In the mid-nineteenth century, a British engineer, Sir Arthur Thomas Cotton, had turned the barren plains of the Godavari basin into the rice bowl of Andhra Pradesh by laying a network of canals from the river. Sir Cotton’s statues today dot the landscape in Andhra and his name is still mentioned in prayers by millions of people in the two Godavari districts. More than 160 years later, Telangana chief minister K. Chandrasekhar Rao is looking to cast a similar legacy in the mammoth structure of the Kaleshwaram Lift Irrigation Project, India’s biggest and costliest. Some say, the world’s costliest irrigation project. But KCR’s pet project is more than just statistics. It’s a dream and hope of millions. The pride of a young state. And it’s about to be completed in August, three years after the foundation stone was laid.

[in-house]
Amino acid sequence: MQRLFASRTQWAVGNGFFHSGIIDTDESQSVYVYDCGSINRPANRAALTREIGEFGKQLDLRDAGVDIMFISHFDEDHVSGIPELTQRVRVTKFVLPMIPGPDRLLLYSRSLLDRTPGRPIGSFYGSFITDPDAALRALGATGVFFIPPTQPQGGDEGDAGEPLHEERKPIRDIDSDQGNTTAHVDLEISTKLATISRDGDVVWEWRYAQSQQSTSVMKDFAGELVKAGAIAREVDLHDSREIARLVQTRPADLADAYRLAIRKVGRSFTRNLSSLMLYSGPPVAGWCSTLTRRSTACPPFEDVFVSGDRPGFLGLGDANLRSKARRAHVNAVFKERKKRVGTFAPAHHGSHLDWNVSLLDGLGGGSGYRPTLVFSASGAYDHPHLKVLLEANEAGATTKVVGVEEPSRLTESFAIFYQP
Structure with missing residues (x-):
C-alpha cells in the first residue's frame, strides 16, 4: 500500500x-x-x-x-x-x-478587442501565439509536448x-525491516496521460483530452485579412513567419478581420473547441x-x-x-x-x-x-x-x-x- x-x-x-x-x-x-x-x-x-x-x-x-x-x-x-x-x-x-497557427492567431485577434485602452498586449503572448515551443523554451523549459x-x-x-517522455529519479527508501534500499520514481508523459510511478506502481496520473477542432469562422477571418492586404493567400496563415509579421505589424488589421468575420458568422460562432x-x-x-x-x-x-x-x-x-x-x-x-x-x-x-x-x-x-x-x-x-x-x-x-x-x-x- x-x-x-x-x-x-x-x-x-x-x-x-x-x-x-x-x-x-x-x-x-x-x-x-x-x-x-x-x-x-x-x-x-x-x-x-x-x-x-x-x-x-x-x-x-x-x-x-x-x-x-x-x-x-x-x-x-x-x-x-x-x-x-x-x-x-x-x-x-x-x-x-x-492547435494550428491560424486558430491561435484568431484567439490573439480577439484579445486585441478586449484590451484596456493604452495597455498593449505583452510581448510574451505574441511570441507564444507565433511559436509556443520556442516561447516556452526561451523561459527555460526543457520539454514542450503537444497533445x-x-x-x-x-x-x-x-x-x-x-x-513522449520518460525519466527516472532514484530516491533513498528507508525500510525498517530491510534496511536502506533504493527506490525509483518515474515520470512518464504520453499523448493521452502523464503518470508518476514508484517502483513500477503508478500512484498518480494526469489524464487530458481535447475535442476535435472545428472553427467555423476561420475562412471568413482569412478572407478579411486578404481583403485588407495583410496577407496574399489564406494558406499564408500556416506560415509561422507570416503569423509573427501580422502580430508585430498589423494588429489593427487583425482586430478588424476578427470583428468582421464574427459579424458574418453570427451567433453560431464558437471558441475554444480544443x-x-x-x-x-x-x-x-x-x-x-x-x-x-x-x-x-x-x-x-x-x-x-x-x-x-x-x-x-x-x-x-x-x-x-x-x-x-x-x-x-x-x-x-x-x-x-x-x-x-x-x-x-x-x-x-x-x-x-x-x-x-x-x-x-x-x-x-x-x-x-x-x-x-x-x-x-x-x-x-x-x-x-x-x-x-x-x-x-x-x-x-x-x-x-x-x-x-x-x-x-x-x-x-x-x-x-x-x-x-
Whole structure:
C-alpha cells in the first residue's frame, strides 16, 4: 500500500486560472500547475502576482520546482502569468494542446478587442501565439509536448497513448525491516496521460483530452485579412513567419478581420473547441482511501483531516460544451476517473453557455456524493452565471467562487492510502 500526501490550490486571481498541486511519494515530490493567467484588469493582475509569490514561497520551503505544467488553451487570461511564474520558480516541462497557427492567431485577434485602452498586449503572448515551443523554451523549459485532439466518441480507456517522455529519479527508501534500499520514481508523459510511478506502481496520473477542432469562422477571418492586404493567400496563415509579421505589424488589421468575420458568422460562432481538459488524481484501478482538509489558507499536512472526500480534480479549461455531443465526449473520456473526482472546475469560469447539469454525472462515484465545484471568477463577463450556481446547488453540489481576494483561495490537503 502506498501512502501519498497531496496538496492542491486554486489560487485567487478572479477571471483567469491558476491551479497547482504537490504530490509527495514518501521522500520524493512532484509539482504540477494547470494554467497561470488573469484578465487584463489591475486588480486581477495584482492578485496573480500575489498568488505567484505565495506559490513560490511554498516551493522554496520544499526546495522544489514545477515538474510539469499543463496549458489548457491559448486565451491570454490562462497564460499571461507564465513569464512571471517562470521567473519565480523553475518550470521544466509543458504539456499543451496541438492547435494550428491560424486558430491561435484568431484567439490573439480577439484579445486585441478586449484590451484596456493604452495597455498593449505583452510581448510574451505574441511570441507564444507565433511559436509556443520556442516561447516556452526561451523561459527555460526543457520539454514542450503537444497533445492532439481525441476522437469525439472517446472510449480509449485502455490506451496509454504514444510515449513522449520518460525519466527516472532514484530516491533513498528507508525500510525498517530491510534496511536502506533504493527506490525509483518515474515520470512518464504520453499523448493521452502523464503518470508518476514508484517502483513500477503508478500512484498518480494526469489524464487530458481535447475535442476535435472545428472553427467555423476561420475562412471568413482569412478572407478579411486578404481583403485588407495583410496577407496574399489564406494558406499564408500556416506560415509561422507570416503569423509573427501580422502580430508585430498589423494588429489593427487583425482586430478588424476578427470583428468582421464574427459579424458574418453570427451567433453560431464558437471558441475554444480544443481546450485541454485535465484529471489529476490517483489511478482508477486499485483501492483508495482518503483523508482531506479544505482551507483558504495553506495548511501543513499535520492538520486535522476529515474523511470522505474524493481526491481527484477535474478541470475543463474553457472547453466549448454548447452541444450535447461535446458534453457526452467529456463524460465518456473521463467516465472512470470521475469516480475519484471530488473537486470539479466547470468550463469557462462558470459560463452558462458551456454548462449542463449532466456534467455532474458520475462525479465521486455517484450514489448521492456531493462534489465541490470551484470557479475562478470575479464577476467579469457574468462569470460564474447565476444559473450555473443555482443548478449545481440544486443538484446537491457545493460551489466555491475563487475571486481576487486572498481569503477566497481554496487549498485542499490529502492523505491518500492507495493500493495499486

Being built at a cost of Rs 80,000 crore—which could go up to Rs 1,00,000 crore—the project is expected to irrigate 18 lakh acres in 13 districts and reinforce the existing irrigation network for 17 lakh acres in seven other districts, which will virtually cover the entire state. Besides providing water to industries, the project will also supply drinking water to towns and cities, including Hyderabad and Secunderabad. For a state born just in 2014, the project is symbolic of what many believe is a rush to “undo the wrongs of history”, a euphemism frequently used to mean alleged mistreatment when it was part of Andhra Pradesh. Former Andhra chief minister, Late Y.S. Rajasekhar Reddy did lay the foundation stone for a barrage across the river Pranahita in Adilabad district, now in Telangana, but it was not enough for the vast swathes of barren land.